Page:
Channel Associated Signaling on T1 Circuit: Signaling Bits in Extended Super Frame

How Many Signaling Bits in Each T1 Timeslot?

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In Channel Associated Signaling on a T1 circuit using Extended Super Frame, how many signaling bits does each T1 timeslot have?



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A. B. C. D. E.


Each T1 channel carries a sequence of frames.

These frames consist of 192 bits and an additional bit designated as the framing bit, for a total of 193 bits per frame.

Super Frame (SF) groups twelve of these 193 bit frames together and designates the framing bits of the even numbered frames as signaling bits.

CAS looks specifically at every sixth frame for the timeslot's or channel's associated signaling information.

These bits are commonly referred to as A- and B-bits.

Extended super frame (ESF), due to grouping the frames in sets of twenty-four, has four signaling bits per channel or timeslot.

These occur in frames 6, 12, 18, and 24 and are called the A-, B-, C-, and D-bits respectively.

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Channel Associated Signaling (CAS) is a technique used to signal between switches in a voice network over T1 or E1 circuits. In CAS, the signaling information is transmitted on the same channel as the voice traffic, in contrast to Common Channel Signaling (CCS) where signaling information is transmitted over a separate channel.

Extended Super Frame (ESF) is a framing format used in T1 circuits that provides improved synchronization and error detection capabilities over the older framing formats. ESF divides a T1 frame into 24 contiguous time slots, each with 8 bits, for a total of 192 bits per frame.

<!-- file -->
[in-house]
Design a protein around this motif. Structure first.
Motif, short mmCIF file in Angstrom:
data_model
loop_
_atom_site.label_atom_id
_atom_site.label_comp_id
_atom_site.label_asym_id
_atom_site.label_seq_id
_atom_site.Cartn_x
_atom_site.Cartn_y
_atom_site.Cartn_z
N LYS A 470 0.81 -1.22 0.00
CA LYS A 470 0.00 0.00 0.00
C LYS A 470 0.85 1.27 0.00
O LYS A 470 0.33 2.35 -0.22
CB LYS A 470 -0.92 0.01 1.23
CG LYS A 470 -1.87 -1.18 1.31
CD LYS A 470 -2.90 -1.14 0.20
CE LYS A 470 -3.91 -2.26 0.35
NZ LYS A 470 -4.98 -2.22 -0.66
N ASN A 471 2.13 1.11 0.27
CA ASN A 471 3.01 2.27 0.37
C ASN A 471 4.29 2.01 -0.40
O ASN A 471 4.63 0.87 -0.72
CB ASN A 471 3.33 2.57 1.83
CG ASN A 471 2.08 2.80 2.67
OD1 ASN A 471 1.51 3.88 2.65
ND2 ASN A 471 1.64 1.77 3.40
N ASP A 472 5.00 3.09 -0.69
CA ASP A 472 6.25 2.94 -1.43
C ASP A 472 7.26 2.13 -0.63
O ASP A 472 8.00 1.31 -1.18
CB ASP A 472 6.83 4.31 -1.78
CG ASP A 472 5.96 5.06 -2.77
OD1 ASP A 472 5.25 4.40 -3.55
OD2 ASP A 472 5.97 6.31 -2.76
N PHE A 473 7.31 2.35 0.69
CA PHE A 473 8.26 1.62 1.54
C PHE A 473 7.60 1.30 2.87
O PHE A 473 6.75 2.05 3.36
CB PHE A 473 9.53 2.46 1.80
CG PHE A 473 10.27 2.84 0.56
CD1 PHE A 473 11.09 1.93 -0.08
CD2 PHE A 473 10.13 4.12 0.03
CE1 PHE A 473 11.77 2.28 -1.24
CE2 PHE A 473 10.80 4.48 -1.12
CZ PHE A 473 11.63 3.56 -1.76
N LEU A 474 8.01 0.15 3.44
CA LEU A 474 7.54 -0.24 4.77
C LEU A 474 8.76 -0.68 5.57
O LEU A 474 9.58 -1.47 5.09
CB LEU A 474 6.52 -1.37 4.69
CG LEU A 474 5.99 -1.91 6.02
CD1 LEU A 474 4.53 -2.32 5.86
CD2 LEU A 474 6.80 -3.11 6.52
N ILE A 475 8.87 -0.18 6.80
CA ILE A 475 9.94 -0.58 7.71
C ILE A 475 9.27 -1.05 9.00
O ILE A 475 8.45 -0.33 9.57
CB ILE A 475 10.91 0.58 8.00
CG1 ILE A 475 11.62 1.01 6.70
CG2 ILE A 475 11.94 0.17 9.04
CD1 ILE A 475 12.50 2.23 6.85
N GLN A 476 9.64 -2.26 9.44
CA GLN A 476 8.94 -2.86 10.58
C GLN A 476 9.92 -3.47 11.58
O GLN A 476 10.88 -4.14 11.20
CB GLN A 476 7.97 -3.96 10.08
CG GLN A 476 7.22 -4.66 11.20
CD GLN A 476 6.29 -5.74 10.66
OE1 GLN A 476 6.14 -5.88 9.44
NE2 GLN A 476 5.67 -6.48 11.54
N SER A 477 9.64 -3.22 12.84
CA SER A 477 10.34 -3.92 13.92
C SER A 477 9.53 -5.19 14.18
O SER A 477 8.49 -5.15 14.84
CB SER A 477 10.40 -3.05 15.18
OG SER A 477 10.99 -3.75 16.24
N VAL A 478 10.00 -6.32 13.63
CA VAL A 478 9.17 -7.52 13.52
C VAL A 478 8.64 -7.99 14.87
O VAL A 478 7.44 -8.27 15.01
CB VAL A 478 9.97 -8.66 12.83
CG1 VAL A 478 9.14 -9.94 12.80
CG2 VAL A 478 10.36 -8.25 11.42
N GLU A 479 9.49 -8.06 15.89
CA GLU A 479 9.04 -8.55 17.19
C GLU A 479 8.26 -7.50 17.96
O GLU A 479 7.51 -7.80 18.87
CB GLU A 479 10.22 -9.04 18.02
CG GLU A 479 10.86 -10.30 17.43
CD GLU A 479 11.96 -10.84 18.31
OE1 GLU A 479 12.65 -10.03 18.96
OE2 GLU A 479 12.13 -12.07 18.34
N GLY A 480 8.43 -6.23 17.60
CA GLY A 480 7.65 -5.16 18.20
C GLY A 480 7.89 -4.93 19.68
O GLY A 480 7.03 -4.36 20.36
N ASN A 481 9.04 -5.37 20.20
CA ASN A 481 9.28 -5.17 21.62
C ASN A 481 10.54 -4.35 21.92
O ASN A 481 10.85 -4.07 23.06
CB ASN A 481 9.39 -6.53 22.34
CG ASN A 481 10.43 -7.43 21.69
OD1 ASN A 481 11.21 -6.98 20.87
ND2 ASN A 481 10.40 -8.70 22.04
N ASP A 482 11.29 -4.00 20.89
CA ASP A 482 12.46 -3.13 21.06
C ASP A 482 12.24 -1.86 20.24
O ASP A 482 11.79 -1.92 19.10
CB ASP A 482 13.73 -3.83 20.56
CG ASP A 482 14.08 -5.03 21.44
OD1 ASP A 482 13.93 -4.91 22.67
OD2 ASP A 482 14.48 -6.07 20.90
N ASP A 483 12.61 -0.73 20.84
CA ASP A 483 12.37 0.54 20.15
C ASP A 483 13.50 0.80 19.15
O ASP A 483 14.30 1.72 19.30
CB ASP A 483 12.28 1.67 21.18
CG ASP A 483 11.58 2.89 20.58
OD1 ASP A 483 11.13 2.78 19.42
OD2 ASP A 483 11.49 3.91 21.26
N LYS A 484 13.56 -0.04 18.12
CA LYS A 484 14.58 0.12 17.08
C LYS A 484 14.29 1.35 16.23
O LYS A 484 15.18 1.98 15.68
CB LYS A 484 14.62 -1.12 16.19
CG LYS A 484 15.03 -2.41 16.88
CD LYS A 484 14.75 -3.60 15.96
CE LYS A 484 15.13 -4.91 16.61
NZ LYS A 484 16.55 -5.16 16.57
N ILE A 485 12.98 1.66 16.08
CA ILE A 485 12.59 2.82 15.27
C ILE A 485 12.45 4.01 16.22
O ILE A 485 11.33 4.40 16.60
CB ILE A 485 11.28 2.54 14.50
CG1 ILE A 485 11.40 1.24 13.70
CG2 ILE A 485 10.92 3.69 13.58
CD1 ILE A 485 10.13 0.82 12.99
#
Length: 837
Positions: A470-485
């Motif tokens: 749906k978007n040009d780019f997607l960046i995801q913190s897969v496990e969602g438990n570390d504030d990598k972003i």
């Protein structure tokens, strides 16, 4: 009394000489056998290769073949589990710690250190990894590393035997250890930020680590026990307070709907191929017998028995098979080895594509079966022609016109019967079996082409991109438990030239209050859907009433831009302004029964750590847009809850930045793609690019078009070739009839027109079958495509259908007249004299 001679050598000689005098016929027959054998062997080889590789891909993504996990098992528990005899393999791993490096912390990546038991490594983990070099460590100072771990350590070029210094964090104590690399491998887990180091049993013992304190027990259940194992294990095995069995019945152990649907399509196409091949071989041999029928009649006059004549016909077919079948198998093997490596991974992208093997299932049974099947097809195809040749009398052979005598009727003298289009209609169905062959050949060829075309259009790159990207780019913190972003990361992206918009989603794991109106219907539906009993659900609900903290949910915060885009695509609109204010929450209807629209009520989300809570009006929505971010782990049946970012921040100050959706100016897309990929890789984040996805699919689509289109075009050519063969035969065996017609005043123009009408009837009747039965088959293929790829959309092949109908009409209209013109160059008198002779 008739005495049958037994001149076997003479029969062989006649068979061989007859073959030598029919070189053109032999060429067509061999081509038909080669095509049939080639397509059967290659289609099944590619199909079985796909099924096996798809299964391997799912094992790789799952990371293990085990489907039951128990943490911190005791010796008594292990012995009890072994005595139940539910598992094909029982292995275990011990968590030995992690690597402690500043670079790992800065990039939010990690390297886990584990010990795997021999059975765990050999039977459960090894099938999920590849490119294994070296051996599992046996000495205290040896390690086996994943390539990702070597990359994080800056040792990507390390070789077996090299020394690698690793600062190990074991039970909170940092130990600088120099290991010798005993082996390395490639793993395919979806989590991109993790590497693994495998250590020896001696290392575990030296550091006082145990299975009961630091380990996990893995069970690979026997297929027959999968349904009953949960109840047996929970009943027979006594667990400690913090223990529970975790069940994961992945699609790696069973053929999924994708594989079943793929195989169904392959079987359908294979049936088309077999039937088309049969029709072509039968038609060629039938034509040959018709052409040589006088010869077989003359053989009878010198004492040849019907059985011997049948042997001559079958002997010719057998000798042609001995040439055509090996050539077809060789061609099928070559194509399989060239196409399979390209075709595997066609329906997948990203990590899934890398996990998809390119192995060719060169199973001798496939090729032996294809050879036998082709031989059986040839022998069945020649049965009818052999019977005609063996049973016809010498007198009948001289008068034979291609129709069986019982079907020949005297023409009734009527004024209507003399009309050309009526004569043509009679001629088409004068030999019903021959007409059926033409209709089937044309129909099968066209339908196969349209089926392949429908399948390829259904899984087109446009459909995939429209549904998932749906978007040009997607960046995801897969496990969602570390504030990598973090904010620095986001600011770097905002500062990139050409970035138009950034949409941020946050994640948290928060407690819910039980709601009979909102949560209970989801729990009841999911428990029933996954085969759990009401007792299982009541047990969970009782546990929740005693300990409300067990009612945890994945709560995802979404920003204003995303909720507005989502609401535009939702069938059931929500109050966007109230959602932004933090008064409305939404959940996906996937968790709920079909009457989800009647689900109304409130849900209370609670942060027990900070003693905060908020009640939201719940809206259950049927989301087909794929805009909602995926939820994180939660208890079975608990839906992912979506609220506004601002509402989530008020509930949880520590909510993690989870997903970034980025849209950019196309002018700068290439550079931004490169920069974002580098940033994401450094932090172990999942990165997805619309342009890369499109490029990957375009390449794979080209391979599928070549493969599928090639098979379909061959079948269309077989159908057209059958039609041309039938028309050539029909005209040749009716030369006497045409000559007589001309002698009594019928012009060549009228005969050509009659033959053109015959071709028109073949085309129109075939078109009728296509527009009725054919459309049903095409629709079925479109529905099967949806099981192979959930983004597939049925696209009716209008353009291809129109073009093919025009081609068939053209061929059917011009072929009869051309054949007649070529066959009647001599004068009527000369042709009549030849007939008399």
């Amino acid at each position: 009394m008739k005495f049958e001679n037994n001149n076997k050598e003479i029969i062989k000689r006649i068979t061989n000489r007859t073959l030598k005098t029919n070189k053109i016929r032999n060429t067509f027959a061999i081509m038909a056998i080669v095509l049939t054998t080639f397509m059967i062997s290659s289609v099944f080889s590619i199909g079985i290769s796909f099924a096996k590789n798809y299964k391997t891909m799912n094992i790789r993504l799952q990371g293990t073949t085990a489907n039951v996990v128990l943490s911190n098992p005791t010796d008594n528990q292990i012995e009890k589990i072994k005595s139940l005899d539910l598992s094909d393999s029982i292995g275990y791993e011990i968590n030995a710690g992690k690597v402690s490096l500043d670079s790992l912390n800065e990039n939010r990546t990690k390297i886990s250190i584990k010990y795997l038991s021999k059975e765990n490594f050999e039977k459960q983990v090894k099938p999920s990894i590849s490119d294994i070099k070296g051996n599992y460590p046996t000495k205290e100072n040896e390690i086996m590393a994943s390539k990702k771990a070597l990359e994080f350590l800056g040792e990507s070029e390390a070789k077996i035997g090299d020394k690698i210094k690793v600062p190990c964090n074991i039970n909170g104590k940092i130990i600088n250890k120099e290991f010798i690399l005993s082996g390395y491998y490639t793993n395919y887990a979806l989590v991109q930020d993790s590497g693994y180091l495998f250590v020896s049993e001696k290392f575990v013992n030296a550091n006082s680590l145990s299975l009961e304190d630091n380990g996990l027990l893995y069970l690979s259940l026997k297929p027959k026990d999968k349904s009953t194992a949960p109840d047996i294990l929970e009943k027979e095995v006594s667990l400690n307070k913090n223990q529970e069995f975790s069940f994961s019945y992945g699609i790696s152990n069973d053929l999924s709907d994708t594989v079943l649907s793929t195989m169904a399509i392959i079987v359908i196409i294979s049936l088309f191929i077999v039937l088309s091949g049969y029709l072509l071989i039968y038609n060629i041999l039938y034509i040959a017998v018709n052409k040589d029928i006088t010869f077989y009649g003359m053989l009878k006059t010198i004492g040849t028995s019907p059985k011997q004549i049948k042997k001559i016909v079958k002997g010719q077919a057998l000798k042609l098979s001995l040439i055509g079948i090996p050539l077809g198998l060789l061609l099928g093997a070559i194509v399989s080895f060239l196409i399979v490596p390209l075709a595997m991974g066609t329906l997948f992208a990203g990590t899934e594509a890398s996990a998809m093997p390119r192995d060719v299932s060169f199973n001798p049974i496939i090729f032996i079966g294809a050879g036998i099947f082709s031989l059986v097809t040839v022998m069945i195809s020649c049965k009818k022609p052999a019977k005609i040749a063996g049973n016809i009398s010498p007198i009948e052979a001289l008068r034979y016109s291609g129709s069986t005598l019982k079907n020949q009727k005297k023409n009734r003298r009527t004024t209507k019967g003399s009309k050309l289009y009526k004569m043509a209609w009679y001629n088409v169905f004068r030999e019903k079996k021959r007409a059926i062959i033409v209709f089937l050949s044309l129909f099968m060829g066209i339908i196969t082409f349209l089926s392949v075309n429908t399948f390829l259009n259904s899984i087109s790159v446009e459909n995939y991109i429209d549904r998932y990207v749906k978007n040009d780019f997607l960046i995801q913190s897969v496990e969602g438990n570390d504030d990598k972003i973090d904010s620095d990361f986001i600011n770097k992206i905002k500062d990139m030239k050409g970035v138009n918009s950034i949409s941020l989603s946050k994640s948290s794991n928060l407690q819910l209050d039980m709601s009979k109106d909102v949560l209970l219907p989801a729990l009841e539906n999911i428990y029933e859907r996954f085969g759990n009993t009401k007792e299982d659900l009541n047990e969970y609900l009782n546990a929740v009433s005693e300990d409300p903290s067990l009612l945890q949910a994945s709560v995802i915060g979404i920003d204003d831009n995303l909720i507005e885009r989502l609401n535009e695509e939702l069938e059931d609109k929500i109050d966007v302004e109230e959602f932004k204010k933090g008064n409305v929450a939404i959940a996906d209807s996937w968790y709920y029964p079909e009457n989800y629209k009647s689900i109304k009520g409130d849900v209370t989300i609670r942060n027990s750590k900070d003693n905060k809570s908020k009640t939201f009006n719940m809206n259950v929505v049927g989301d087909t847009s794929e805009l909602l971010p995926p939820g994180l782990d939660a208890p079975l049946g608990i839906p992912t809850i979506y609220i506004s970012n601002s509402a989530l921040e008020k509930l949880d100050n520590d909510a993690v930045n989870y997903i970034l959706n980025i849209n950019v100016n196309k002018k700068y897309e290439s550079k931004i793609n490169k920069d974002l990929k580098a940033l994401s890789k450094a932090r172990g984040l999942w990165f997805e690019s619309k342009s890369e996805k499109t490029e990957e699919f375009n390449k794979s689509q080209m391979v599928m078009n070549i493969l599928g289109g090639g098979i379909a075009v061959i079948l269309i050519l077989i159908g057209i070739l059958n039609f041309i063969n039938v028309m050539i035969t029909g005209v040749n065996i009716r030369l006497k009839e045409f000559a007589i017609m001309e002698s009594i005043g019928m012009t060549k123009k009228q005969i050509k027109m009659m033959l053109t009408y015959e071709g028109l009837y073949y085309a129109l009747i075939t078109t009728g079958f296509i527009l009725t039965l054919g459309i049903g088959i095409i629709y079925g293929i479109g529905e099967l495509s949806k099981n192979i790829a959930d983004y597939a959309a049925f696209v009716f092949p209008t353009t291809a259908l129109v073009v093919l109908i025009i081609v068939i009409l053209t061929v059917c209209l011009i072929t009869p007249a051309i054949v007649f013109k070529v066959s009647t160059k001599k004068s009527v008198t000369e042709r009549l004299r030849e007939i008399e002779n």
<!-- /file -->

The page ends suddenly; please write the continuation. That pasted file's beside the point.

In ESF, there are several types of signaling bits that can be used for different purposes, including robbed-bit signaling (RBS), robbed-bit signaling with parity (RBSP), and clear-channel signaling (CSS).

For RBS and RBSP signaling, one signaling bit is allocated per time slot. This bit is "robbed" from the least significant bit of the time slot's voice channel, and is used to transmit signaling information between switches.

For CSS signaling, all 8 bits in the time slot are used for signaling, and no bits are "robbed" from the voice channel.

In the context of the exam question, it is asking specifically about CAS using ESF and how many signaling bits are present in each T1 timeslot. Based on the information above, we can determine that the answer is A) 1 signaling bit per timeslot for RBS and RBSP signaling. Therefore, each T1 timeslot in ESF with CAS has one signaling bit available for RBS or RBSP signaling.